In 2000, press analyzed Gore's charisma-challenged personality by saying he was a beta male who hadn't yet learned to be alpha, as evidenced by his choice of earth-toned clothing. The press was wrong, as usual. Gore's problem had nothing to do with being cowed too easily, or a lack of self-esteem.
Gore was also described that election year as being a bit of "a wooden Indian," which was a lot closer to the mark. He's just awfully stiff. Even walking and gesturing don't seem to come naturally to him. He moves like someone who has just been taken out of a box.
Gore comes across like a robot who's learned how to act like a human being from a book. After painstaking study, he now does a passable imitation. But really, it's only just passable. (And the robot does seem inordinately proud of that second-rate imitation.)
Think of how he speaks, in that slow, slightly overemphatic, pedantic tone. He always sounds as if he's explaining something to a group of particularly backward third graders.
Another trait of people with Aspergers is that they are very rigid in their beliefs. While there are respected scientists on both sides of the global warming argument, Gore obviously believes in it as if it is established fact. And he gets becomes infuriated at anybody who doesn't believe in it -- as a true Aspie would.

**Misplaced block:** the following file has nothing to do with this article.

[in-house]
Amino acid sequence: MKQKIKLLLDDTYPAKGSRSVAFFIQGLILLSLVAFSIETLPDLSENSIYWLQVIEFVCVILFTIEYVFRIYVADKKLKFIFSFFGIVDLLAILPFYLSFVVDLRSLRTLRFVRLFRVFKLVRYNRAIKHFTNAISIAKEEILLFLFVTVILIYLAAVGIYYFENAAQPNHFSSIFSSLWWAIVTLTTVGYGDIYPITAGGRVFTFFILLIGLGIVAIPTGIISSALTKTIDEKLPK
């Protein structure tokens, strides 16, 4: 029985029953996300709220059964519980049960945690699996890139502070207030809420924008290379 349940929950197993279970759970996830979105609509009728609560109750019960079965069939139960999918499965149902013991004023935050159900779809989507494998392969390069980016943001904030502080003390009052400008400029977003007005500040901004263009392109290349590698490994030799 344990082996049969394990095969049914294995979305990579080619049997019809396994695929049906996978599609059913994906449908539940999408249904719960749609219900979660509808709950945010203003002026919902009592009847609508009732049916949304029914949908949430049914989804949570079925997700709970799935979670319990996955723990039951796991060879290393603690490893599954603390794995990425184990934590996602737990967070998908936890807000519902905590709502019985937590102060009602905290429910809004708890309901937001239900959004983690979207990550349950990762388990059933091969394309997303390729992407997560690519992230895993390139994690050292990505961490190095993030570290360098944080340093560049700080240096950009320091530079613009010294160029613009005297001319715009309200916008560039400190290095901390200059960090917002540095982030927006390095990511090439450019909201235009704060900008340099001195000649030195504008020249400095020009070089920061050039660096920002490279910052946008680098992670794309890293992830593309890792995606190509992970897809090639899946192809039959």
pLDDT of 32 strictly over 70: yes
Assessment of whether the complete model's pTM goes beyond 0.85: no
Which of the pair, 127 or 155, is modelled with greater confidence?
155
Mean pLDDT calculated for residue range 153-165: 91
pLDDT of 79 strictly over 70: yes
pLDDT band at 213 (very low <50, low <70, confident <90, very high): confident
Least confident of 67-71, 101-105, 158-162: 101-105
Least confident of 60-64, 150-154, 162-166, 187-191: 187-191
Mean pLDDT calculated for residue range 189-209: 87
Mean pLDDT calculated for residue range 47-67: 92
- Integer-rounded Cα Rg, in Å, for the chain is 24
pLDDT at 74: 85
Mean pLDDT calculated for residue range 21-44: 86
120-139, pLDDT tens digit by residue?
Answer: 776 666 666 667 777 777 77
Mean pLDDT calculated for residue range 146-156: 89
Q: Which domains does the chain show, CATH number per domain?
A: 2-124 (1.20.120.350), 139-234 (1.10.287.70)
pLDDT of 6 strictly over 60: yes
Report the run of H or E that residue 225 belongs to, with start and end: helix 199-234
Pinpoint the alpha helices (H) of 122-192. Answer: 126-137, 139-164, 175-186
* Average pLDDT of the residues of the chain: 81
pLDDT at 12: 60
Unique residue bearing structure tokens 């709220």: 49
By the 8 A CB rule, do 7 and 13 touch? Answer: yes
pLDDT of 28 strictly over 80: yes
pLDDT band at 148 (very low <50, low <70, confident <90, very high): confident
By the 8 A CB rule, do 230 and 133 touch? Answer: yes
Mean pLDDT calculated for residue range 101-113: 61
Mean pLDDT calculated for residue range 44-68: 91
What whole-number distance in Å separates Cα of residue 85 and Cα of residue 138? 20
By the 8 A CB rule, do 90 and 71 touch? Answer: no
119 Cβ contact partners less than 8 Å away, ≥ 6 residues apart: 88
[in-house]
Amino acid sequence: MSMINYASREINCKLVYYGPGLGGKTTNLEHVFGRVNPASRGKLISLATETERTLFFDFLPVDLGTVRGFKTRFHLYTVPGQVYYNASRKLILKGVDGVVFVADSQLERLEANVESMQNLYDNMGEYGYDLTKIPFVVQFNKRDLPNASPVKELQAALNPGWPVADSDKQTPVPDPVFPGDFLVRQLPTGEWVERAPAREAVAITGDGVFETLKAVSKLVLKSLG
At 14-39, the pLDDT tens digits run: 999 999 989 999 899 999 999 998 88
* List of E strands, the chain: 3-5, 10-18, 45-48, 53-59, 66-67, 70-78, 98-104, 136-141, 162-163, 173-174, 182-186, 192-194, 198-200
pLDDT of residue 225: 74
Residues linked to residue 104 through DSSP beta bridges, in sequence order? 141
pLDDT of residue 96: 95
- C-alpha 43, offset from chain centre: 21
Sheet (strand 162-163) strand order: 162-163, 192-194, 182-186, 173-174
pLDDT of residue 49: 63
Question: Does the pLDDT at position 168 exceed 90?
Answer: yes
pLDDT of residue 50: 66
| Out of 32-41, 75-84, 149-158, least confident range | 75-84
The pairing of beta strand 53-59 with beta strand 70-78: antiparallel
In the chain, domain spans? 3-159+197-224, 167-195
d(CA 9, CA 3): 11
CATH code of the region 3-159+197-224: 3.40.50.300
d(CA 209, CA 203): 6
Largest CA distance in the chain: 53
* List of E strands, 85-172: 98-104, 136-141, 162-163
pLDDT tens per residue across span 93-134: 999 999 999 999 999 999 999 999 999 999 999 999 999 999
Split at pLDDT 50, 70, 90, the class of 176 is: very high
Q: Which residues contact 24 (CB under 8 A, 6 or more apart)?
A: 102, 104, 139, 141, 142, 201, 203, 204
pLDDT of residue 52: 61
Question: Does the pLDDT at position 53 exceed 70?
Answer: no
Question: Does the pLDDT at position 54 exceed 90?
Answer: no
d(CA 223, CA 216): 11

Despite all of Gore's preaching, he himself lives in a sprawling house in Tennessee whose carbon footprint is famously twenty times that of the average citizen's house. He takes private planes and drives around in an SUV. Hypocrisy of course does not prove Aspergers, but tone deafness is an indicator. And being unaware of how you come across is one of the essential components of Aspergers.
I once heard another Aspie say that her child had to go to the right school "in order to earn social skills." This is a prototypically Aspergerian belief, that learning the social niceties and how to get along with others is something that you would need a school to teach you. Normal people pick up social skills through trial and error wherever they grow up, and whomever they interact with. Only someone with Aspergers would believe that you have to be "taught" how to say hello, how are you, and so on.
Now that I think of it, a specialized school just for people with Aspergers actually wouldn't be such a bad idea. Such a school might teach its students to be less robotic, to recognize humor, to banter, to look people in the eye, to not have a meltdown when criticized, etc.
Al Gore would make a good student body president there.